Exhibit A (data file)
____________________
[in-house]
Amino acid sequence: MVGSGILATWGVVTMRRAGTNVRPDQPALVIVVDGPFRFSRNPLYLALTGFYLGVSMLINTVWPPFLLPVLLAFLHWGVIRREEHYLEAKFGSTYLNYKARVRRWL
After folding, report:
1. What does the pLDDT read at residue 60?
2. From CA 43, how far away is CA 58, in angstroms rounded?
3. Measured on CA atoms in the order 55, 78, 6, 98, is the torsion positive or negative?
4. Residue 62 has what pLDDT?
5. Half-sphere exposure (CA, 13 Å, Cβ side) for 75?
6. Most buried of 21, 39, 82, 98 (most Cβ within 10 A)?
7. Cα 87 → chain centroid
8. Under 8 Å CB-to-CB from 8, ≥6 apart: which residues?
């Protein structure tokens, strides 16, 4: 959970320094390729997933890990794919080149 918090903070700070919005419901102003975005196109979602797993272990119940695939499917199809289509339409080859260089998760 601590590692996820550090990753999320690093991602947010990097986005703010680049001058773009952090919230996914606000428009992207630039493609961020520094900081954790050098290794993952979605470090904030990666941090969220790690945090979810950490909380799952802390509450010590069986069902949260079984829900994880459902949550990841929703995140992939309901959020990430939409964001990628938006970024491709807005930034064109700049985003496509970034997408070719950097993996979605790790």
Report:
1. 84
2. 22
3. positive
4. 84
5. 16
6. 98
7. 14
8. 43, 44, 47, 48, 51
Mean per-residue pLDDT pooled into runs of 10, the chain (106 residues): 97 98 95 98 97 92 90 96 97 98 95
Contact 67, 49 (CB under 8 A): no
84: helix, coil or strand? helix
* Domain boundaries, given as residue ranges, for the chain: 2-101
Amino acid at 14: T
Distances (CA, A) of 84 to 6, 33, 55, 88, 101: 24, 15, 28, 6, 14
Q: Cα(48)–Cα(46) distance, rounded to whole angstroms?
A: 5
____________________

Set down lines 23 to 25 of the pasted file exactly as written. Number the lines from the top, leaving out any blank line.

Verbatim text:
Contact 67, 49 (CB under 8 A): no
84: helix, coil or strand? helix
* Domain boundaries, given as residue ranges, for the chain: 2-101